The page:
You are incorrect. It automatically installed on three different macs that I own, and I never enable automatic update.

about a month ago
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IsoHunt Unofficially Resurrects the Pirate Bay

jittles Re:Well DUH, You can't stop piracy. (116 comments)

big binary blobs (my term, BBBs)

They prefer to be called big beautiful blobs, and some people really like them that way.

about a month and a half ago
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Trains May Soon Come Equipped With Debris-Zapping Lasers

jittles Re:Umm... (194 comments)

Maybe I'm just a terrible person whose sense of childlike wonder and love of lasers has shriveled; but isn't 'clearing leaves' the sort of job where a simple nozzle blowing compressed air(turned on and off based on sensor input if it turns out that you can implement a sensor system at lower cost than just running the compressor a bit more often) at the track immediately in front of the wheels would be more than adequate for the purpose?

You're missing the damage that compressed air / water does to the substrate of the track. It undermines the foundations of the line. They already do this, but it costs them more money to repair the line than it would if the leaves were just burnt on the spot.

about 2 months ago
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Why Elon Musk's Batteries Frighten Electric Companies

jittles Re:Are they really that scared? (461 comments)

If that's really all true and you're not exaggerating or bending anything, that's flat out mega-corruption - how do you UNcondemn a house, if no changes whatsoever were made to the structure? Have you considered getting a lawyer, or at least giving this story to a newspaper? I know it was only "$800", but if they get away with that today, then tomorrow, who knows.

Watch the TV show Hoarders. Cities condemn houses for trash violations from time to time. They even have demoed the house after the homeowner refused to clean it up because it was cheaper for the city to tear it down and cell the land than to try and clean it up.

about 2 months ago
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Ron Wyden Introduces Bill To Ban FBI 'Backdoors' In Tech Products

jittles Re:Why only FBI? (109 comments)

The FBI's problem is that, soon, even warrants won't be sufficient to pry open the encryption protecting consumer level devices.

Yep, that's the FBI's problem. Tough cookies. If FBI agents want an easy job, they should become software developers or managers or something. Law enforcement has these restrictions put upon them to make it difficult. Not because we support crime, but because it's the agents are in a position of power and need to be kept under control.

about 2 months ago
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Starbucks Testing Mobile Order and Pay In Portland On iOS

jittles Re:Wi-fi? (40 comments)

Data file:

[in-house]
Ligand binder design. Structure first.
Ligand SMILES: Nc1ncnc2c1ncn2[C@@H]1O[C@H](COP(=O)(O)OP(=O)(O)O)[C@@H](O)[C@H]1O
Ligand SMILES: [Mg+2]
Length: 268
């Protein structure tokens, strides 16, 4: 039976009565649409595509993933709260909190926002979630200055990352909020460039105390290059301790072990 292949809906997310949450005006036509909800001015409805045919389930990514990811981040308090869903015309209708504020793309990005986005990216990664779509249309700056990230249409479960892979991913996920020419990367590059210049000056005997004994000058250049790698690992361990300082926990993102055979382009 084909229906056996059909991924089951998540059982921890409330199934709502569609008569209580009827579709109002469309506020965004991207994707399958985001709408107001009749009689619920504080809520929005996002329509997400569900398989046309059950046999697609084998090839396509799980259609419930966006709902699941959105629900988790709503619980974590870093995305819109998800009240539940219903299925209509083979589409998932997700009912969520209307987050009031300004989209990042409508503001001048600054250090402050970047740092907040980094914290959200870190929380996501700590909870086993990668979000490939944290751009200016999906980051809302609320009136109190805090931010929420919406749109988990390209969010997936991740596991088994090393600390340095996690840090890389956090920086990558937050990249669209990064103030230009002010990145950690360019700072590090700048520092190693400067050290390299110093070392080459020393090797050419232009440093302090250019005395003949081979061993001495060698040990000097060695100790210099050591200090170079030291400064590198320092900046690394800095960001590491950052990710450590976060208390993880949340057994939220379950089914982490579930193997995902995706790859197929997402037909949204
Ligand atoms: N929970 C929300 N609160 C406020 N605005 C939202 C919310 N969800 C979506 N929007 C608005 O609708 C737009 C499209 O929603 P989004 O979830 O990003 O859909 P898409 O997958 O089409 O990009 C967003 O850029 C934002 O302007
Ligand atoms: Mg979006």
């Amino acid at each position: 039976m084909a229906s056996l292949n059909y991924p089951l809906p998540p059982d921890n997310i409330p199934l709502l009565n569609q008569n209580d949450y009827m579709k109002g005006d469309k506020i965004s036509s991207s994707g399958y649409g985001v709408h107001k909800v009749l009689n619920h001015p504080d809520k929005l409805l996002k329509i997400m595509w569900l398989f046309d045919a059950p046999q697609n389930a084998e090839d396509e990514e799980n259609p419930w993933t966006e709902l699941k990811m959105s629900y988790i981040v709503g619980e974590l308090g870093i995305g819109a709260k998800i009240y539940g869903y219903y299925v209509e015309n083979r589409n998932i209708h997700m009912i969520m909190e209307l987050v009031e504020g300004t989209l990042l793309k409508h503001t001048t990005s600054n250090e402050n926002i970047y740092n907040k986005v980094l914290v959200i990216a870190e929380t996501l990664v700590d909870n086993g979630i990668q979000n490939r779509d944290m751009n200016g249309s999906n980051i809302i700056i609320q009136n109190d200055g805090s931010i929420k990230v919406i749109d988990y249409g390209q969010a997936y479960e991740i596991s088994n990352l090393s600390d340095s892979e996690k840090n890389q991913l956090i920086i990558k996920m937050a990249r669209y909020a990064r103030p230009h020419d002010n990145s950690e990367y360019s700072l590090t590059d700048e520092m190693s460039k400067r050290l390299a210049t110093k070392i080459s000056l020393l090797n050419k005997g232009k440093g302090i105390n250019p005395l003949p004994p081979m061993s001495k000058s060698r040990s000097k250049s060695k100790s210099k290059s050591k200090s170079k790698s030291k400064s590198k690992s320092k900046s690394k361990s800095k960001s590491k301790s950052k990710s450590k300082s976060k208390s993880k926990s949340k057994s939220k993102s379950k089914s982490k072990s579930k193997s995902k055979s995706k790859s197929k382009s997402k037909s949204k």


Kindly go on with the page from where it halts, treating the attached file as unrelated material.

They could have probably achieved the same thing by just having people use their wifi service? No GPS needed. The bonus is devices such as tablets could be used too. Sure it would mean needing to sign into wifi, but maybe giving people choice between wifi and GPS?

Maybe as an extension, they could even have someone walk the line, in busy locations, taking orders on a tablet, equipped with a card reader?

The wait in most coffee shops isn't the time to place your order, but to fill your order. Unless you're having just a straight pre-brewed cup of coffee, they aren't going to speed things up by using an iPad to take your order in line. If they do order favorites, for instance, you might be able to one tap your coffee order when you know you're about 5 minutes out from the store and walk right in and pick it up. If I'm already in the store, I'd rather just go to the front of the line and flirt with the cute baristas that seem to work in every coffee place in the world.

about 2 months ago
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'Moneyball' Approach Reduces Crime In New York City

jittles Re:A tech gloss over racial profiling? (218 comments)

Well the second paragraph of the summary makes it pretty clear it isn't just a database of "people who look like they could be criminals". They are repeat offenders of serious crimes. I don't really even get what you mean by "biased slice of the population". Yeah it's biased, because they have to include bad guys in the list. Otherwise what do you mean? Data isn't racist, which was my original point. I'm assuming unless they are the most bigotted people on the planet and somehow programmed that into their algorithm, their lists include a pretty fair percentage of each race, according to their relative rates of committing the crimes they are singling out as important.

His point is that the police may be racially profiling to begin with. If they are more suspicious of black people, more likely to arrest a black person to begin with, then the data base is going to be artificially skewed towards information about black people. There may be plenty of white people that are doing the exact same thing without ever being caught because they aren't getting stop and frisked and found to be in possession of drugs, for instance.